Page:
A story of branches and forks
If you're not at all interested in the path of Little River through Christian and Trigg Counties in Kentucky, you should skip this post and make better use of your time elsewhere. If you would like to know a little more about the origins and course of Little River, then please read on.
As I wrote this post, I traced the Little River on maps I generated at the National Water Information System website for Christian County. I also consulted the Kentucky Atlas & Gazetteer, published in 1997 by DeLorme.
North Fork of Little River
The North Fork of Little River originates in the hills north and northeast of Hopkinsville. Three streams -- the Upper Branch, Middle Branch, and Lower Branch -- contribute their waters to the North Fork. Three watershed lakes -- Morris, Tandy, and Boxley -- are located on these branches. White Creek, which is dammed to form Lake Blythe, north of Hopkinsville, is another major tributary of the North Fork.
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The Upper Branch, Middle Branch, and Lower Branch, along with White Creek, converge one by one, forming the North Fork of Little River just before it enters northeast Hopkinsville.
The North Fork then flows through Hopkinsville's water plant and into downtown Hopkinsville. Highway 41 crosses the North Fork near the Riverside Cemetery, and Highway 68/80 crosses it near the new Justice Center. When the stream is low, travelers of the River Walk can ford the North Fork just below the library on giant concrete lilypads.
After it passes the library, the North Fork meanders around the Indian Hills area. Highway 272 crosses it, just west of the Indian Hills Shopping Center. It wanders through the Millbrooke area in a generally southward direction toward the 68/80 Bypass. After the North Fork flows under the Bypass bridges (near the Cox Mill Road intersection) it curls around behind the YMCA and heads south again.
South Fork of Little River
The South Fork of Little River starts in the Pine Knob area, roughly 10 miles east of Hopkinsville and 5 miles northwest of Fairview, as the crow flies. The map below shows the location of Pine Knob, in relation to the four watershed lakes and Hopkinsville. The little stream that becomes the South Fork is first shown on the map about a mile southeast of Pine Knob near Pilot Rock Road,
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Soon the South Fork is joined by three creeks that flow out of the Butler Road area west of Honey Grove. Next, the Warrens Fork, a substantial stream that drains the hills between Honey Grove and Fairview, joins the South Fork of Little River near the intersection of Highway 68/80 and Highway 1027, east of Hopkinsville.
In times of heavy rain, the South Fork often overflows its banks. A watershed lake to help control flooding on the South Fork has been proposed several times during our time in Christian County. It has not yet been built because of the sinkholes in this part of the county. Creating a lake that holds water would require a lot more than just a dam across the South Fork.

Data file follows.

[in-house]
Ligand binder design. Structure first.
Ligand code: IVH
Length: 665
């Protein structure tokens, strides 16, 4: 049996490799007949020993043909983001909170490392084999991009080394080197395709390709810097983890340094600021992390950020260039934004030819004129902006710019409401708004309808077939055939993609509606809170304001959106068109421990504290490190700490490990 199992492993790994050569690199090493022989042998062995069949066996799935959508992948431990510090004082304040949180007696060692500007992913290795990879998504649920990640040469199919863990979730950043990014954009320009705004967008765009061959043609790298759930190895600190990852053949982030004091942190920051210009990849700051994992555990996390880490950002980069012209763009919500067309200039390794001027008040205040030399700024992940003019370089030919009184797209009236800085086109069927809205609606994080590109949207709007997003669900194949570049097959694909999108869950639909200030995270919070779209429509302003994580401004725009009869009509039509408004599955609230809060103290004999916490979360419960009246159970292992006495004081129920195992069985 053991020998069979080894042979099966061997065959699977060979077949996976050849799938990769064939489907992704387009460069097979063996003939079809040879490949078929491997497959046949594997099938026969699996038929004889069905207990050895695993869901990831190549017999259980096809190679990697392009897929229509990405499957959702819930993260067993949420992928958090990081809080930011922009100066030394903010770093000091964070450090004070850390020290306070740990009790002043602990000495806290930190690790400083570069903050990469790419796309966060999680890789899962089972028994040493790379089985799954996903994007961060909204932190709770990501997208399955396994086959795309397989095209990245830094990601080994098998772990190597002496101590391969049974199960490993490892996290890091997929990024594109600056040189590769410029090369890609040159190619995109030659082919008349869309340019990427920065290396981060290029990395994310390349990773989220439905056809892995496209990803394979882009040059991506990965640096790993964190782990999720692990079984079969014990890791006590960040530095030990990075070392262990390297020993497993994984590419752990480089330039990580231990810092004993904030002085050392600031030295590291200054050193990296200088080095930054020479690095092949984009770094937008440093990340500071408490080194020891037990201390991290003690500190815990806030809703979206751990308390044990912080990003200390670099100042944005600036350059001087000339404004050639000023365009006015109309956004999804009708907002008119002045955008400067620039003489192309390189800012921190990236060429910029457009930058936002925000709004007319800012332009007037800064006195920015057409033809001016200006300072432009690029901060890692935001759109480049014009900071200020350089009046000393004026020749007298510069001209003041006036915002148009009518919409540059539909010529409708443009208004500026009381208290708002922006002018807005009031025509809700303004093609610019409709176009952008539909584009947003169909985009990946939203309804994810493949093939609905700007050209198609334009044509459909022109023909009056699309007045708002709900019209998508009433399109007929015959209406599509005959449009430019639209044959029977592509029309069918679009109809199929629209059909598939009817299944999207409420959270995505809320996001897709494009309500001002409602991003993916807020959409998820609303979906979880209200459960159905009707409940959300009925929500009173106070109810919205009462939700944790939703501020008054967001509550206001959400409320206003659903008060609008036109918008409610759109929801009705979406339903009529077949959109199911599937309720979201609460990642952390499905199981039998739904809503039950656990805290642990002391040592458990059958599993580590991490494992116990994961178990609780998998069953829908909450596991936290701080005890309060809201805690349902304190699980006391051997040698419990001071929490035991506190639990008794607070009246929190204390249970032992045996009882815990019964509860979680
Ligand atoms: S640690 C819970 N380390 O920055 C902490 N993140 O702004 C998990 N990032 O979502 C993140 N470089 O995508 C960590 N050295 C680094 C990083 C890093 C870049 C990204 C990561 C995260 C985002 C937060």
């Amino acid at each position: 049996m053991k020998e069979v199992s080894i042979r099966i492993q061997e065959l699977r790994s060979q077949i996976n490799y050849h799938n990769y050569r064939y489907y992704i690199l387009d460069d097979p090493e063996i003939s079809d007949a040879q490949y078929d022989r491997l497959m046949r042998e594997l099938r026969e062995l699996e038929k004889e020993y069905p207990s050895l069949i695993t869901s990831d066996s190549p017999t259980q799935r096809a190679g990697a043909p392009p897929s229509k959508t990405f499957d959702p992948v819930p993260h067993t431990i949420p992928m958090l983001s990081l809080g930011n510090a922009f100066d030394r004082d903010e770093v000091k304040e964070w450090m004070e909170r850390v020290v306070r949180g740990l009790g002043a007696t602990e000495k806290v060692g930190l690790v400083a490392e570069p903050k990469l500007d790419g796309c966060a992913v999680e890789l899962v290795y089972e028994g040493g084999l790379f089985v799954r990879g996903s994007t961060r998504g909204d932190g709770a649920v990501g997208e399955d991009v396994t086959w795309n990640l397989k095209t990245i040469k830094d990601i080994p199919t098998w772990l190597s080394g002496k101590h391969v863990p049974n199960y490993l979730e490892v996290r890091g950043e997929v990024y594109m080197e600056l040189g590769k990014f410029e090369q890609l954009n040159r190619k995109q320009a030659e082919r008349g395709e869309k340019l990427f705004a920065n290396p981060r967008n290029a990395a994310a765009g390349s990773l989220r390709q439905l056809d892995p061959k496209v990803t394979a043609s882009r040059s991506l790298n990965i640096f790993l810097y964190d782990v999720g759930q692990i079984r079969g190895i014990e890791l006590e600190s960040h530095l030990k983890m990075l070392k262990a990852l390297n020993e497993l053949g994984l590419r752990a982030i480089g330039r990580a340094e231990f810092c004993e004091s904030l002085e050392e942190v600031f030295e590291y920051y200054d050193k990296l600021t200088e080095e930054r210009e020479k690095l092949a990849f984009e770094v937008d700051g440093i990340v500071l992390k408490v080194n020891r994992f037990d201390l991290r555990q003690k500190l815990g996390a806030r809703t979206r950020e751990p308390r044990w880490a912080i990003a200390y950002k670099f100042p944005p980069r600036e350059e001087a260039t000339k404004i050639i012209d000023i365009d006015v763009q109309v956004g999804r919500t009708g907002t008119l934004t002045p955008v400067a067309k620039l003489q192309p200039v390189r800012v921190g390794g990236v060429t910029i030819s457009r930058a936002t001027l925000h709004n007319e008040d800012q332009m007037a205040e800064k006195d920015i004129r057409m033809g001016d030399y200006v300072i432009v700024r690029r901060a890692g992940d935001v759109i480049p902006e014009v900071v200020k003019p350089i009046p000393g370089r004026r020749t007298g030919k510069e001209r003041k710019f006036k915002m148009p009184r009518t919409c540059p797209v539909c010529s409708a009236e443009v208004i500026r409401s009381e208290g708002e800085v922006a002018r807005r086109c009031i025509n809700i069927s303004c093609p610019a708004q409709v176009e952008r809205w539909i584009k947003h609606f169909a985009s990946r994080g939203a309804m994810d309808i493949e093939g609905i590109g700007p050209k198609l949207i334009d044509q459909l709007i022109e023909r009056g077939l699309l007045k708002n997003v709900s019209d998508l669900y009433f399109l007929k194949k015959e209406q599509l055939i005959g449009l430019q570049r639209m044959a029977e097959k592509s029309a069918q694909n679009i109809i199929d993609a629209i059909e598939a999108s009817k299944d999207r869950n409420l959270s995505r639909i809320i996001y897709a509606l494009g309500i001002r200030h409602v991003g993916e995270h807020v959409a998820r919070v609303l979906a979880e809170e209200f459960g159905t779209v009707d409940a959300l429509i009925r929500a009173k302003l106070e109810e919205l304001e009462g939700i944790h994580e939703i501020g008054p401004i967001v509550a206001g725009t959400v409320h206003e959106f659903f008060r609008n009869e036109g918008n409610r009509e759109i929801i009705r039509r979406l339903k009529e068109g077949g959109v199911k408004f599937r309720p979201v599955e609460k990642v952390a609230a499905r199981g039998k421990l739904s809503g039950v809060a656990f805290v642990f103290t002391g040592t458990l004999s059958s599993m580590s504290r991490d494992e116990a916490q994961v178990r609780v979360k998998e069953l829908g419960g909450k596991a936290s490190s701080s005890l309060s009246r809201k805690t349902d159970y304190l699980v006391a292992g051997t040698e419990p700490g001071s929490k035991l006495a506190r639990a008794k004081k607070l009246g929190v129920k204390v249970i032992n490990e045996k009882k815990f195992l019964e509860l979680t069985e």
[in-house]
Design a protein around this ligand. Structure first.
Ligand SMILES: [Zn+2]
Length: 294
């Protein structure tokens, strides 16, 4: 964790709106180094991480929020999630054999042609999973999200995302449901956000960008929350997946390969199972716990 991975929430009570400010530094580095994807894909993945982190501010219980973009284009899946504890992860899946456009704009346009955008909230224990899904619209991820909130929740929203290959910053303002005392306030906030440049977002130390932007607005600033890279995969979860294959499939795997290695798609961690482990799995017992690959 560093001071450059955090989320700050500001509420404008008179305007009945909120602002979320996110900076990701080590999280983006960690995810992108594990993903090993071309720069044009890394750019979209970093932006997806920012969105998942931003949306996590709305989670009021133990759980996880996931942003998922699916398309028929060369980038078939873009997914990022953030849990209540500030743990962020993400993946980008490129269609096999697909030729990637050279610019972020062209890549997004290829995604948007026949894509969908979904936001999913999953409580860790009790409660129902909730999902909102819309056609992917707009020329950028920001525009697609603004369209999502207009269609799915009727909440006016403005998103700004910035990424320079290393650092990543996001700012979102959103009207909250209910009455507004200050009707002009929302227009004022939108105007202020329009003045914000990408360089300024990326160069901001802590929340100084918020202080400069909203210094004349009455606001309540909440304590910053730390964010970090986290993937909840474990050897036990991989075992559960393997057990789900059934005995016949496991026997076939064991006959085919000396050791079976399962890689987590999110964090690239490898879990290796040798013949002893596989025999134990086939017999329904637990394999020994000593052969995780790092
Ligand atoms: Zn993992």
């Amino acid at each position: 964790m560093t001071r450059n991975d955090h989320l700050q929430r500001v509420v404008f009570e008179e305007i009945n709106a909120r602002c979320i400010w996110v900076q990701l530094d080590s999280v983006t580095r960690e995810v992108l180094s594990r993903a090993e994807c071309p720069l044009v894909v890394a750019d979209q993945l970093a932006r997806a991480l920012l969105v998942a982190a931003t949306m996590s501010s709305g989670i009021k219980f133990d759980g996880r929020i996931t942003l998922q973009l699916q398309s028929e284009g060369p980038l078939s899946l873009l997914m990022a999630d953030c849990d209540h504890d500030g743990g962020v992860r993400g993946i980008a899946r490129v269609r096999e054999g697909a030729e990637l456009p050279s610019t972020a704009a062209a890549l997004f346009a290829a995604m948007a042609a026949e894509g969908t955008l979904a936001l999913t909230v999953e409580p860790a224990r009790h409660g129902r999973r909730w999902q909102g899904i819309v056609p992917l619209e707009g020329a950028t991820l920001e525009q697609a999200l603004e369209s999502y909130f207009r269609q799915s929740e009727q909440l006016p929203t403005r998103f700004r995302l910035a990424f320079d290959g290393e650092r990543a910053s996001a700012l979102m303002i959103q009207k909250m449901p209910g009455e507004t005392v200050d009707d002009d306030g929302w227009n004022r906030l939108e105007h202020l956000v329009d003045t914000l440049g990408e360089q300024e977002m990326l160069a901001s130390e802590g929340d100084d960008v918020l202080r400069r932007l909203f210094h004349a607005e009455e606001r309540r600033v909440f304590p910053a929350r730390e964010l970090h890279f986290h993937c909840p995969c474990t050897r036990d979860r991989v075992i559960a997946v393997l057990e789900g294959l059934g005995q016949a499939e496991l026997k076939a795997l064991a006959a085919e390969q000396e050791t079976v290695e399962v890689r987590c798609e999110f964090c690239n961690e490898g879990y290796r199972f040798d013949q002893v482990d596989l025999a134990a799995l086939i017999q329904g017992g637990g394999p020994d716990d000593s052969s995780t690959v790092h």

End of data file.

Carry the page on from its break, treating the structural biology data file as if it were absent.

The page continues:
The South Fork enters Hopkinsville at the Trail of Tears Park. Highway 41 crosses the South Fork at the Indian Chiefs Bridge. From there, the South Fork flows along Woodmill Road and on through southern Hopkinsville. It flows under Fort Campbell Boulevard near the Skyline Drive intersection, and winds southward through a frequently flooded area of homes.
South of Hopkinsville, the South Fork receives another tributary, the Rock Bridge Branch. Then the South Fork meet and combines with the North Fork near the intersection of Highway 107 (Lafayette Road) and Gary Lane. From that point, the stream is Little River.
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Little River flows southwest from the Gary Lane area to Herndon; its general direction is repeated by Highway 107. Before it reaches the hamlet of Herndon, it is crossed by Interstate 24. Beyond Herndon, the river makes a gradual turn to the northwest, traveling through the farmlands of southern Christian and Trigg counties on its way to the town of Cadiz.
A few miles southeast of Cadiz, Little River is joined by the Sinking Fork, a sizable tributary that drains a portion of western/northwestern Christian County. In my atlas of Kentucky, the waterways of both Little River and Sinking Fork are thickened near their confluence, to show the possibility of backed up water from the Barkley Dam on the Cumberland River.
On the west side of Cadiz, the enlarged waterway of Little River is labeled as Lake Barkley, It appears to me that, before Barkley Dam was made, Little River flowed into the Cumberland north of Canton, KY. I don't know if there was ever a little settlement at that point or not. If so, it's all under water now.
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The Cumberland River flows into the Ohio River at Smithland, KY, and the Ohio River flows into the Mississippi River at Cairo, Illinois. The Mississippi River flows into the Gulf of Mexico at New Orleans. Evaporated ocean waters return to Christian County as rain, and the water cycle begins again.